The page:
« Reply #4 on: May 01, 2015, 05:37:51 AM »
Perhaps way off from what you are wanting to do, but I found my best solution was using a flow control valve, and a high volume shower head.  I remove/drill out the restrictor in the showerhead, and use an in line valve, some that will require drilling out.  Love this setup.  Use very little water when you want by adjusting the knob, shut off the water to soap up/shave, then really high volume, and power to rinse off.  Bet I use less/same as just letting the water run all the time  with low GPM, and the satisfaction is so much more in my experience.  i have used a valve like shown for many years, and could never go back to low-flow again. Good luck.


LOVE this idea. I drill out the low flow water restrictions too and feel guilty for the high flow times when I'm just rinsing off my body. But I can't even get my hair wet with the low flow options. I would buy this if you made a kit.   

Merrie

  • Bristles
  • ***
  • Posts: 461
  • Location: Midwest
Re: Adjusting to a low flow showerhead
« Reply #5 on: May 01, 2015, 06:13:52 AM »
Your current flow rate is probably printed on your showerhead. Look between the holes the water comes out of. Do you have just one shower? You could swap out one showerhead and leave the other the way it is if you have two, and then try it out and see what you think. Or, buy the one MMM recommended (his wife has long hair and she liked it), and if you hate it, just swap back to the old one. Nothing to lose by trying. We just picked one up but haven't installed it yet and we paid less than $15, so worst case scenario we hate it and we're not out much money.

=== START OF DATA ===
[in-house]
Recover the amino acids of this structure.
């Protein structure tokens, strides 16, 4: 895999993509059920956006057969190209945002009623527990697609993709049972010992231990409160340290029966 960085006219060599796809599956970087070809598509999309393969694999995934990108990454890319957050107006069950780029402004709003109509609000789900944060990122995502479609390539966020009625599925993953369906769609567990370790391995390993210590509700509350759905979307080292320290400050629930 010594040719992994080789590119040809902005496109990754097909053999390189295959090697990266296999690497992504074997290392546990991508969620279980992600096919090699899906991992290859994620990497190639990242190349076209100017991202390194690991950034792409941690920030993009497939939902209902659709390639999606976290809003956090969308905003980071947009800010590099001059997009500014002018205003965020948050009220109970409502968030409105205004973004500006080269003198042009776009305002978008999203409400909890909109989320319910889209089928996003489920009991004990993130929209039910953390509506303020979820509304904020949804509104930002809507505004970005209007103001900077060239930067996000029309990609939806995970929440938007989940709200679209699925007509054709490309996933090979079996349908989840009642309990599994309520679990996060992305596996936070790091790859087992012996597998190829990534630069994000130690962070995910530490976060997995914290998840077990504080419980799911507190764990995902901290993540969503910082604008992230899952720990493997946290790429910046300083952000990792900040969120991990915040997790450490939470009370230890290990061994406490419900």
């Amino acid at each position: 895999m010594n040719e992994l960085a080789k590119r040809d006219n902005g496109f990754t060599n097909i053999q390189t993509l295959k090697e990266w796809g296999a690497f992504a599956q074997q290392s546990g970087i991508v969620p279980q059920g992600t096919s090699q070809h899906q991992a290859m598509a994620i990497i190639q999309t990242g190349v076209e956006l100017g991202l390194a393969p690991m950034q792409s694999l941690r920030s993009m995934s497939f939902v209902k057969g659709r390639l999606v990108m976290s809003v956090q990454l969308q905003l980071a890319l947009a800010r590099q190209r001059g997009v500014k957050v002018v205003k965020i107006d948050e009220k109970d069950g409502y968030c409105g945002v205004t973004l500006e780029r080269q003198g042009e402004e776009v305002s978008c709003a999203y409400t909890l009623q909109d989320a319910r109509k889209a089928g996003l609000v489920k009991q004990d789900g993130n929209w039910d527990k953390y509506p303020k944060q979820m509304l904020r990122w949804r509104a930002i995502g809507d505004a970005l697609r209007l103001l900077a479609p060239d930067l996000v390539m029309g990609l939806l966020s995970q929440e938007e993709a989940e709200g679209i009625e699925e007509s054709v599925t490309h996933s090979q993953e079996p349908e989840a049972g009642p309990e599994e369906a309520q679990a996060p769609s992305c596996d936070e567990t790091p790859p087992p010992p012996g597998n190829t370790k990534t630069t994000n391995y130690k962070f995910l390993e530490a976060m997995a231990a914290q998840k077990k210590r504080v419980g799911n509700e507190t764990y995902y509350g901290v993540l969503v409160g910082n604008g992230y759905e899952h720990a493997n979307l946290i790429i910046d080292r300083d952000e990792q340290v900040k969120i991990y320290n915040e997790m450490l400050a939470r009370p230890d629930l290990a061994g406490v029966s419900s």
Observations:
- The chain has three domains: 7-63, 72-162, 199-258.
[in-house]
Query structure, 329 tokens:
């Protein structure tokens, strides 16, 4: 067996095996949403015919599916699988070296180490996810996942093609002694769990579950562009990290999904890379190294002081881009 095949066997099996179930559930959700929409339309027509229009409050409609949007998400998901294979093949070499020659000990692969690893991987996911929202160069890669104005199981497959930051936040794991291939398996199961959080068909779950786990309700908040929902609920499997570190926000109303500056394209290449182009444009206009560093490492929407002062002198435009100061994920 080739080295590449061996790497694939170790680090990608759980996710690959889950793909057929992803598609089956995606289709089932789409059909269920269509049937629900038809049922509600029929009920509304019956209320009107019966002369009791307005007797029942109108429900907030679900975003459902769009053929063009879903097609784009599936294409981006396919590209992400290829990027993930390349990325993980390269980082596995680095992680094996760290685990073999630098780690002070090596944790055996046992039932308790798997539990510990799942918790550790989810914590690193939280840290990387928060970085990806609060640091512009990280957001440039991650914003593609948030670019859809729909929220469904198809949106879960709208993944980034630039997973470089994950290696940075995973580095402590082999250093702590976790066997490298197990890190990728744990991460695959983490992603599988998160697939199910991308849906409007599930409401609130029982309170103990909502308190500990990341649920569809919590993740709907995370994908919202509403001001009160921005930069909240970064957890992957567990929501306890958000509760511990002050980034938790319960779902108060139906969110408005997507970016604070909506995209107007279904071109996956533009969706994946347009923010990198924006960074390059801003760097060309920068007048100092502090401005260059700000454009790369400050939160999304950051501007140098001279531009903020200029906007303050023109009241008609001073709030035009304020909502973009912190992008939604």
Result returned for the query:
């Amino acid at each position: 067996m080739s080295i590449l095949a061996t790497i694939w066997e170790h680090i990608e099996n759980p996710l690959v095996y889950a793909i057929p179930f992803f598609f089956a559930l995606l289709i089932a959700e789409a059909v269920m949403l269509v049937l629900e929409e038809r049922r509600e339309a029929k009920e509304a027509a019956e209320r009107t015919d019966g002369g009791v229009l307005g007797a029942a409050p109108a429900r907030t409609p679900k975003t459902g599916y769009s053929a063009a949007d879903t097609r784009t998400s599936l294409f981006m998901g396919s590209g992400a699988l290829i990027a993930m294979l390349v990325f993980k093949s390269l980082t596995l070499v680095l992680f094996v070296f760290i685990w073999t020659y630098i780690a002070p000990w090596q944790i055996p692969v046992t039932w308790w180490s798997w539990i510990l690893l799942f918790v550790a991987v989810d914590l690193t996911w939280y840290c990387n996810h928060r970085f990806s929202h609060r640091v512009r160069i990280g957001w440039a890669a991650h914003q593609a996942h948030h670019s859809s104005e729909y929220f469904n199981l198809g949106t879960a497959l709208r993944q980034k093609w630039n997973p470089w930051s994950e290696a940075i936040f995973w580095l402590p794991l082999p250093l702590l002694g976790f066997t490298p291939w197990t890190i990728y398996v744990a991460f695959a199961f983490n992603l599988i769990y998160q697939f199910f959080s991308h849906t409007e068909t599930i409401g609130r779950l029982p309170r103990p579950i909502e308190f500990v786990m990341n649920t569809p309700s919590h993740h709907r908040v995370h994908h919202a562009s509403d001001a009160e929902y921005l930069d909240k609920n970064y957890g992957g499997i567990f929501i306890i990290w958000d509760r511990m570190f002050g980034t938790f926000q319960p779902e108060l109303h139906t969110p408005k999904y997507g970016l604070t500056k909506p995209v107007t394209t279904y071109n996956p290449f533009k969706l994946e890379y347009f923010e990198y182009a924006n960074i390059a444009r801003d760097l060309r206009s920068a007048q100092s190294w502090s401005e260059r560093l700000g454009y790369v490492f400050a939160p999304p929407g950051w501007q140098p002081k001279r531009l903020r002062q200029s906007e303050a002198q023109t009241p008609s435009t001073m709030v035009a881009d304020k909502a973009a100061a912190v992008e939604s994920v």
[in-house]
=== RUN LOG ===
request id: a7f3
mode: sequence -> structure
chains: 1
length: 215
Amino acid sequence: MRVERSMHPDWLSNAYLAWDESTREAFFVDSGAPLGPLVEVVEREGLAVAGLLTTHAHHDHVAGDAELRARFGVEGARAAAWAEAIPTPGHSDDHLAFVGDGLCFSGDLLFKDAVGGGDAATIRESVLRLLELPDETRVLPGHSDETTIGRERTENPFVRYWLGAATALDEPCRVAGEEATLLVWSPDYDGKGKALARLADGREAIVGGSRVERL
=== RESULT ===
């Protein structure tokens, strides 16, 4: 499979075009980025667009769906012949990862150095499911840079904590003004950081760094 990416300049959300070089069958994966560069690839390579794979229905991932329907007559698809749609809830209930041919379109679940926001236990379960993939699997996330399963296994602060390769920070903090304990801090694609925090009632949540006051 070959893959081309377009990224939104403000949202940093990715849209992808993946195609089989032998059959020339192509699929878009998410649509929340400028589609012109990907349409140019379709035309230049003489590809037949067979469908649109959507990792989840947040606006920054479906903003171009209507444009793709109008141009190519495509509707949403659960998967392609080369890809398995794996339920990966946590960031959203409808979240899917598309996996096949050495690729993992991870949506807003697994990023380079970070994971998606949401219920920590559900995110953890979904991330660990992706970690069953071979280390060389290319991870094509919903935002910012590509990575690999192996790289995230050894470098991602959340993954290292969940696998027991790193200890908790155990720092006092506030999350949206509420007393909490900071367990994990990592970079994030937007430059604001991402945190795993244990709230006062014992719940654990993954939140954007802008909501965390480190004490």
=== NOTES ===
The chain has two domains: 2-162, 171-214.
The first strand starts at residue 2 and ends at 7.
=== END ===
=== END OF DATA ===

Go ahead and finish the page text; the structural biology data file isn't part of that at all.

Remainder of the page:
Gumbo1978

  • 5 O'Clock Shadow
  • *
  • Posts: 66
Re: Adjusting to a low flow showerhead
« Reply #6 on: May 01, 2015, 06:15:47 AM »
Change out your sinks too.  You won't notice a difference.

Mr. Frugalwoods

  • Bristles
  • ***
  • Posts: 296
  • Location: Greater Boston Area
    • Frugalwoods
Re: Adjusting to a low flow showerhead
« Reply #7 on: May 01, 2015, 06:20:09 AM »
This is the one you want:

http://www.amazon.com/gp/product/B000LV7W4K/

Amazing aeration to make it seem like more water coming through.  AND it has a flow selector, so when you actually need more water you can flip the switch and get the hair-rinsing power.

We've used this in two homes, and it's awesome.

JKLescher

  • 5 O'Clock Shadow
  • *
  • Posts: 17
Re: Adjusting to a low flow showerhead
« Reply #8 on: May 01, 2015, 07:22:54 AM »
I've been using this for over a year now and really enjoy it:
http://www.homedepot.com/p/American-Standard-FloWise-3-Spray-3-in-Showerhead-in-Polished-Chrome-6130/202077220

It has 2 GPM, 2.5 GPM, and a high pressure setting. When you change the setting water pressure keeps it at the current setting. Once you turn the water off it reverts back to the 2GPM setting. Both the showers in my home use this and I really enjoy that it defaults back to the low setting.